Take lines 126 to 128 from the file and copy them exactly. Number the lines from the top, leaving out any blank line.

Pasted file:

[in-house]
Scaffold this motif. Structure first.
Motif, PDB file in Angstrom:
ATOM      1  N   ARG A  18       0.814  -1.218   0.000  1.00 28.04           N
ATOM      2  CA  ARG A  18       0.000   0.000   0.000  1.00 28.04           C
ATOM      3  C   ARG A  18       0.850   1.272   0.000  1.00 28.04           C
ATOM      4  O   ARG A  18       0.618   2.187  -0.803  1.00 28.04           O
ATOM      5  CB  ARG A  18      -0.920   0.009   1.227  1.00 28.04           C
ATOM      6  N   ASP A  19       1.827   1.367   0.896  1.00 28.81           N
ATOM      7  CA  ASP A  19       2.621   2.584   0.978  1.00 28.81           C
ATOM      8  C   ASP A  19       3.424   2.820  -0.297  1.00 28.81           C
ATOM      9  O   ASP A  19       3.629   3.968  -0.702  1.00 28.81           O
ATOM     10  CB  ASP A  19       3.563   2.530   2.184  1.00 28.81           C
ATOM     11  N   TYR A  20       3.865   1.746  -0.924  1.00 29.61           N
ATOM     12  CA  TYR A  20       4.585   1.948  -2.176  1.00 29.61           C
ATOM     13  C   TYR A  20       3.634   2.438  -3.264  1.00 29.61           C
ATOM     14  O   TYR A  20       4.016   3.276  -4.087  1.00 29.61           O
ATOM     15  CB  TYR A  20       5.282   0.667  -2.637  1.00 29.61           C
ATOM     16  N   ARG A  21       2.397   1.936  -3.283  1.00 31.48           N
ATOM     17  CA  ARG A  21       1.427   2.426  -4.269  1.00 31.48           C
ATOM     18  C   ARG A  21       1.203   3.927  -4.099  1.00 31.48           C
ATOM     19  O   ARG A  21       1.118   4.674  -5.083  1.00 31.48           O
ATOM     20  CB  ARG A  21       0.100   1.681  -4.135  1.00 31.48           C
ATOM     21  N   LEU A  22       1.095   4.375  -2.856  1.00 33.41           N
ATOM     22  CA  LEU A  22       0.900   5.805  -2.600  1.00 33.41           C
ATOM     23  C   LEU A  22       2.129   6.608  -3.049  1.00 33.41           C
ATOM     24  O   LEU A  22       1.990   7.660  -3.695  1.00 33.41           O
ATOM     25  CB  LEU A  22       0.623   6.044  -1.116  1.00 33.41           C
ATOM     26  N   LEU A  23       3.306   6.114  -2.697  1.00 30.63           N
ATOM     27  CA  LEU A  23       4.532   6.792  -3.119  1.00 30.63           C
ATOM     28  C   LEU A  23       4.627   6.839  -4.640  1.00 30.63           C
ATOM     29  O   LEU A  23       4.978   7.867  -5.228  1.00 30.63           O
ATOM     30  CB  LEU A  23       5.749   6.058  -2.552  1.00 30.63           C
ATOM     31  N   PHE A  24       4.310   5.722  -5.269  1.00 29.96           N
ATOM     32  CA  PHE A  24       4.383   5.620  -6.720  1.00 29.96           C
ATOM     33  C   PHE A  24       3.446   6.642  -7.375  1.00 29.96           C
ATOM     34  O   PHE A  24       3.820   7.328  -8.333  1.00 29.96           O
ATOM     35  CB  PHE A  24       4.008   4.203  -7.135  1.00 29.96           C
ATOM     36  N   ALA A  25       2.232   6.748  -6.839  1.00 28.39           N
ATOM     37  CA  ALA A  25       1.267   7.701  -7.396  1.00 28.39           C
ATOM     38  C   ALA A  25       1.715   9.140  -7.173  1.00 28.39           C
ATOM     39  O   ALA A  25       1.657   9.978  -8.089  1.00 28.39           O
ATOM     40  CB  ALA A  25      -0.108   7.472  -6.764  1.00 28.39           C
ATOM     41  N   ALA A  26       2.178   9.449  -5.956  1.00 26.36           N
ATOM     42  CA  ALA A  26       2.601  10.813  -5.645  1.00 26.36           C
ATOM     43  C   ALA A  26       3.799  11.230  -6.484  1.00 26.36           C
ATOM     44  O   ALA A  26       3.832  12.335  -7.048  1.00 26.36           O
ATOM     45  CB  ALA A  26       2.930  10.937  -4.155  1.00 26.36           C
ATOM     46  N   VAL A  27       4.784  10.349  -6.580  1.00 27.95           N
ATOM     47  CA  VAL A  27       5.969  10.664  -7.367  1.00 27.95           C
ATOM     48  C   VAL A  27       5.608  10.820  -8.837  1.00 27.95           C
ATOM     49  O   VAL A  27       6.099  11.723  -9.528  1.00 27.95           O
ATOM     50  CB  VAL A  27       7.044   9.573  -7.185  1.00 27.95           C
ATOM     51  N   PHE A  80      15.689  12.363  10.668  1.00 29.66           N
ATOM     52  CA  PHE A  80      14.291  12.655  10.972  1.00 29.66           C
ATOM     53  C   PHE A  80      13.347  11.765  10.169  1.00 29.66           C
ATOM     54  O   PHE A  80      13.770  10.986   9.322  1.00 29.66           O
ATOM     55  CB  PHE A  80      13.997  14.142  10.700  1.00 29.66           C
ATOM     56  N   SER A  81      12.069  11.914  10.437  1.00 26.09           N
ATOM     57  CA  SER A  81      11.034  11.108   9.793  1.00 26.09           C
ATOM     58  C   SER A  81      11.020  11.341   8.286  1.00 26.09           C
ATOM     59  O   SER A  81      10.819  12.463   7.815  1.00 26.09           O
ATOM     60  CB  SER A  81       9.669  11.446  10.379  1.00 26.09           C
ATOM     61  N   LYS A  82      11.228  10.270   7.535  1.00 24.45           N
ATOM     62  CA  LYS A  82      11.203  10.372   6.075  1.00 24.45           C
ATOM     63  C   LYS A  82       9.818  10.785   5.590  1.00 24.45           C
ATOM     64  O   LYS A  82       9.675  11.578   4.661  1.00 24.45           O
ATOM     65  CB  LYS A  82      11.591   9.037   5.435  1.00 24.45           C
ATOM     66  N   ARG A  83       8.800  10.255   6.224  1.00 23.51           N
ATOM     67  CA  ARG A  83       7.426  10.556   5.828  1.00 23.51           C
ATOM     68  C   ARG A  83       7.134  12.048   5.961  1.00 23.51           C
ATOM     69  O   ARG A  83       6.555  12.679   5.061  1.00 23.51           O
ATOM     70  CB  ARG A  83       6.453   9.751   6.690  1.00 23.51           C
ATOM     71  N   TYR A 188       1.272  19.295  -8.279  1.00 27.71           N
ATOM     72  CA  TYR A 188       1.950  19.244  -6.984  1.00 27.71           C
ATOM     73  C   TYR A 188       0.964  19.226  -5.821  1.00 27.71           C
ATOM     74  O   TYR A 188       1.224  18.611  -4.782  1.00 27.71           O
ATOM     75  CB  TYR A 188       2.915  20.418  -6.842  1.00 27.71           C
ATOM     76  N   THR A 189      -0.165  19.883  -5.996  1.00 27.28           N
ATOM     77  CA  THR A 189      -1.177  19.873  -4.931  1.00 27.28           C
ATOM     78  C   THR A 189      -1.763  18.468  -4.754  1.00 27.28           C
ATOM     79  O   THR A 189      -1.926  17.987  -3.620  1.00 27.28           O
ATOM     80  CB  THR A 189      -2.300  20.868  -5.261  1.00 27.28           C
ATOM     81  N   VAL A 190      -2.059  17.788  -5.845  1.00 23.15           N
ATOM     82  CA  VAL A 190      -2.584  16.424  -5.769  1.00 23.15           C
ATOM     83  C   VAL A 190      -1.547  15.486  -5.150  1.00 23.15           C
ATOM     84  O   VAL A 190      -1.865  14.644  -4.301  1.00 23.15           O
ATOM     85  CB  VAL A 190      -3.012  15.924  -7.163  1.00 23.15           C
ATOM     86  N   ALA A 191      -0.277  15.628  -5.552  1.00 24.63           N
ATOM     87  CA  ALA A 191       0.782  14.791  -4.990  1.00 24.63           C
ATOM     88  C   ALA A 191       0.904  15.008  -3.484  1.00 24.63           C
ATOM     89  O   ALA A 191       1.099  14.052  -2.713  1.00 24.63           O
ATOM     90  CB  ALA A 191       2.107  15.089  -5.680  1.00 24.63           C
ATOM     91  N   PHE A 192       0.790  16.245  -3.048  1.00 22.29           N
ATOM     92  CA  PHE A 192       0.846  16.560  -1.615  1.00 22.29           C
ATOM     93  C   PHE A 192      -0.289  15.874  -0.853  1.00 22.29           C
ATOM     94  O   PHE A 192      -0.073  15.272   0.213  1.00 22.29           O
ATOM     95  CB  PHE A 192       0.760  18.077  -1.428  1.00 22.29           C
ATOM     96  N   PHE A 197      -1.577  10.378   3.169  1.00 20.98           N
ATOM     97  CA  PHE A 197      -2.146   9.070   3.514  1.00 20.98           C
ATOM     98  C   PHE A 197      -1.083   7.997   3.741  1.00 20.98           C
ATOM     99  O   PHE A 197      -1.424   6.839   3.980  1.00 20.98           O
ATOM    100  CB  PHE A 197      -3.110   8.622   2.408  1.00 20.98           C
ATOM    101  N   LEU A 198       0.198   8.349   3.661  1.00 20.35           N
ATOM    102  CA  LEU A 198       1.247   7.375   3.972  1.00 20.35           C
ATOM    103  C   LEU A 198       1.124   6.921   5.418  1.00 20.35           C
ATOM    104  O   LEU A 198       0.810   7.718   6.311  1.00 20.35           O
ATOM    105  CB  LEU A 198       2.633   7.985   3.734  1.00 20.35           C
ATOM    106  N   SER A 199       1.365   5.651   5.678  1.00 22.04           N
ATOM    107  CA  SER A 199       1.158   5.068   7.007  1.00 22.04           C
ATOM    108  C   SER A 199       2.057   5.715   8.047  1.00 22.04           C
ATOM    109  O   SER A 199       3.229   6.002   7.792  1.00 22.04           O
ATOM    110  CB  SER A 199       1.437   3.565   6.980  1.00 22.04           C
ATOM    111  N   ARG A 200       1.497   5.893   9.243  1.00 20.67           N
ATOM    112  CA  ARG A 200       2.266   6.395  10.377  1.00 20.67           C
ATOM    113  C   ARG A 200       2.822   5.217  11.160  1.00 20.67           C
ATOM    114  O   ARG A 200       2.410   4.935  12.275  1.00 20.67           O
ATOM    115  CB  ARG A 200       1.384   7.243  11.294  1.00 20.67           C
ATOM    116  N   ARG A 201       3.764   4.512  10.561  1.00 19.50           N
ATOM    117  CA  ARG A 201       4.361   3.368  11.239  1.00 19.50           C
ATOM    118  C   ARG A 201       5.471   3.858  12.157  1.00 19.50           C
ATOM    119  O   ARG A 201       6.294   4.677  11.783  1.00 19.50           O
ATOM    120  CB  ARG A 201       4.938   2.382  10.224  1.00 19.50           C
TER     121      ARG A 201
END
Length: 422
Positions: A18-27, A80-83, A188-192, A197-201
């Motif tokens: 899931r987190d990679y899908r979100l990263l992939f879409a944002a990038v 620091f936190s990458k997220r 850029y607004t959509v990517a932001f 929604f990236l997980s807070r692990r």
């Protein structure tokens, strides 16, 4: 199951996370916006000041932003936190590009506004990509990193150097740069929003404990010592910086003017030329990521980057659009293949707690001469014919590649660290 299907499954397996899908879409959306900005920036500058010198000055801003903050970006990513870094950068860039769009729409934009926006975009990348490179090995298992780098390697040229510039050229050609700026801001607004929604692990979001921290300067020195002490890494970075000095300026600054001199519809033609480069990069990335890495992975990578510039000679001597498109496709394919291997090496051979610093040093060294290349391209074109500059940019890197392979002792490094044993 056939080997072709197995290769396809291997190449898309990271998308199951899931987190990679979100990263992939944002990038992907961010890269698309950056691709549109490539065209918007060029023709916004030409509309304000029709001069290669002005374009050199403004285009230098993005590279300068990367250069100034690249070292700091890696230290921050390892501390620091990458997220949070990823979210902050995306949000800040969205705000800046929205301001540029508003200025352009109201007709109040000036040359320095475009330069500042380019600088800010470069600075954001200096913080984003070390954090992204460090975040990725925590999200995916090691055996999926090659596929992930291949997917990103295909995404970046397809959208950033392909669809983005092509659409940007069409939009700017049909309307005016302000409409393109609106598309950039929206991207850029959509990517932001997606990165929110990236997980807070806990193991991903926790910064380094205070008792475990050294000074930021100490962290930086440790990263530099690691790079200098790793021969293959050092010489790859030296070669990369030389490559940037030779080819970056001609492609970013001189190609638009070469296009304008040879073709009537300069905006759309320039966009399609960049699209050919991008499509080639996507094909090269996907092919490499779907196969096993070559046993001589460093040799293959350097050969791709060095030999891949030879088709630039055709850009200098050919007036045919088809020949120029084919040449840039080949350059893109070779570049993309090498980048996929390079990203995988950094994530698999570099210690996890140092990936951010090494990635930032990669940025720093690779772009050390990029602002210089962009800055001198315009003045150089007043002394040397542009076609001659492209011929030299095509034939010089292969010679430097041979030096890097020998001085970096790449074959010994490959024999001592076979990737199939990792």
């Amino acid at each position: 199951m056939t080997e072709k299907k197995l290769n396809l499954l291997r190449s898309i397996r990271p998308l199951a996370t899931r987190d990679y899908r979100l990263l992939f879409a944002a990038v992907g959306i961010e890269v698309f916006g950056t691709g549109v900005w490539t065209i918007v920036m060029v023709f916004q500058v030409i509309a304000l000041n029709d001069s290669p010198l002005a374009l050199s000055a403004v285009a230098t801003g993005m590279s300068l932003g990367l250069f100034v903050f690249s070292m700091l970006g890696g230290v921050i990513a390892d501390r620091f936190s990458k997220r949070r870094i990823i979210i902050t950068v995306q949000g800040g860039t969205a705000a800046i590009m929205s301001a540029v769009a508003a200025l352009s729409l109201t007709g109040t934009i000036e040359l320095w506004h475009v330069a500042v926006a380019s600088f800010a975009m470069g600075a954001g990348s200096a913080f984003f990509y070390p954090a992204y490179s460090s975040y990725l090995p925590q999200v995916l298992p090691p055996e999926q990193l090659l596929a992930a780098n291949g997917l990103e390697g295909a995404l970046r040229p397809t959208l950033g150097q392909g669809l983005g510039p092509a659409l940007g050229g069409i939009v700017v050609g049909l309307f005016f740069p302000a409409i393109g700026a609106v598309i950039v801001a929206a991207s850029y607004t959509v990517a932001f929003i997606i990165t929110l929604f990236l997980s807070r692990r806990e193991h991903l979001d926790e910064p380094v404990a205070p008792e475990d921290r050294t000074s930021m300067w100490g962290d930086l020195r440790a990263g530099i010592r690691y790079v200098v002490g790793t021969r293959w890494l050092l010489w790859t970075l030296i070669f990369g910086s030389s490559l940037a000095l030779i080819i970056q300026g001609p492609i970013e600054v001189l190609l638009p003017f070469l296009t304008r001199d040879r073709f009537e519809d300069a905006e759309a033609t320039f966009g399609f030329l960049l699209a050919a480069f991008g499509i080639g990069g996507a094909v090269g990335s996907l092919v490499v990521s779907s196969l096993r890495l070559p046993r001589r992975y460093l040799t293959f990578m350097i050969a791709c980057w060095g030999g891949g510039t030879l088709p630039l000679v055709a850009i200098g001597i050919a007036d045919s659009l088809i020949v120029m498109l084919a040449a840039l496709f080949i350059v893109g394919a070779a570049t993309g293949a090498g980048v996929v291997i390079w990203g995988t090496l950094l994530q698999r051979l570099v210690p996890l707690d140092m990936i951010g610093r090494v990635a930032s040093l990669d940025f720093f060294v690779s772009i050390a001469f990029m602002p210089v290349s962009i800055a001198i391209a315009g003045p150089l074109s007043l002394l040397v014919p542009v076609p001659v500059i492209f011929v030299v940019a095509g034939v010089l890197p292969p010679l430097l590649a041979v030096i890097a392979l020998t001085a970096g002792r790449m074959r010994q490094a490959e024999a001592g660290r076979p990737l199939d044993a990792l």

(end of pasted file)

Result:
Length: 422
Positions: A18-27, A80-83, A188-192, A197-201
């Motif tokens: 899931r987190d990679y899908r979100l990263l992939f879409a944002a990038v 620091f936190s990458k997220r 850029y607004t959509v990517a932001f 929604f990236l997980s807070r692990r």